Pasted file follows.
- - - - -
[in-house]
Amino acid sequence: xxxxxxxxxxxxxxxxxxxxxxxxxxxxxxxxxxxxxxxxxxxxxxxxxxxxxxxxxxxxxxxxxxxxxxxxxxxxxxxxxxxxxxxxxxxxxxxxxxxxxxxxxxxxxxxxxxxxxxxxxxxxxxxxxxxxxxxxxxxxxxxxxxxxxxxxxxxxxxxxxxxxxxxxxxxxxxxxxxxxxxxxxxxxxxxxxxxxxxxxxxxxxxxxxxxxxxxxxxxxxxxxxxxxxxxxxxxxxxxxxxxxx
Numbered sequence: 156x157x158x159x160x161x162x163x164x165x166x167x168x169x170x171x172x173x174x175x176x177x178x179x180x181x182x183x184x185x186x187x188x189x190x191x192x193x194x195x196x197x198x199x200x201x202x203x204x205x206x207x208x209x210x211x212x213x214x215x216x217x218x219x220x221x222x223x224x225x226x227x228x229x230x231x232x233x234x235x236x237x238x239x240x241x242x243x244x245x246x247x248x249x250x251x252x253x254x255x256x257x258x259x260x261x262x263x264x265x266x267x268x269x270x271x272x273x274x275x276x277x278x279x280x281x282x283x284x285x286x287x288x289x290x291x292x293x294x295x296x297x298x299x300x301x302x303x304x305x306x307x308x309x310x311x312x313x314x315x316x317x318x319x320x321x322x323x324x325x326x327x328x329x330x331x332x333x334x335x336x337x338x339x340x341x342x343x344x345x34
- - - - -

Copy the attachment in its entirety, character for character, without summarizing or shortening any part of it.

[in-house]
Amino acid sequence: xxxxxxxxxxxxxxxxxxxxxxxxxxxxxxxxxxxxxxxxxxxxxxxxxxxxxxxxxxxxxxxxxxxxxxxxxxxxxxxxxxxxxxxxxxxxxxxxxxxxxxxxxxxxxxxxxxxxxxxxxxxxxxxxxxxxxxxxxxxxxxxxxxxxxxxxxxxxxxxxxxxxxxxxxxxxxxxxxxxxxxxxxxxxxxxxxxxxxxxxxxxxxxxxxxxxxxxxxxxxxxxxxxxxxxxxxxxxxxxxxxxxx
Numbered sequence: 156x157x158x159x160x161x162x163x164x165x166x167x168x169x170x171x172x173x174x175x176x177x178x179x180x181x182x183x184x185x186x187x188x189x190x191x192x193x194x195x196x197x198x199x200x201x202x203x204x205x206x207x208x209x210x211x212x213x214x215x216x217x218x219x220x221x222x223x224x225x226x227x228x229x230x231x232x233x234x235x236x237x238x239x240x241x242x243x244x245x246x247x248x249x250x251x252x253x254x255x256x257x258x259x260x261x262x263x264x265x266x267x268x269x270x271x272x273x274x275x276x277x278x279x280x281x282x283x284x285x286x287x288x289x290x291x292x293x294x295x296x297x298x299x300x301x302x303x304x305x306x307x308x309x310x311x312x313x314x315x316x317x318x319x320x321x322x323x324x325x326x327x328x329x330x331x332x333x334x335x336x337x338x339x340x341x342x343x344x345x34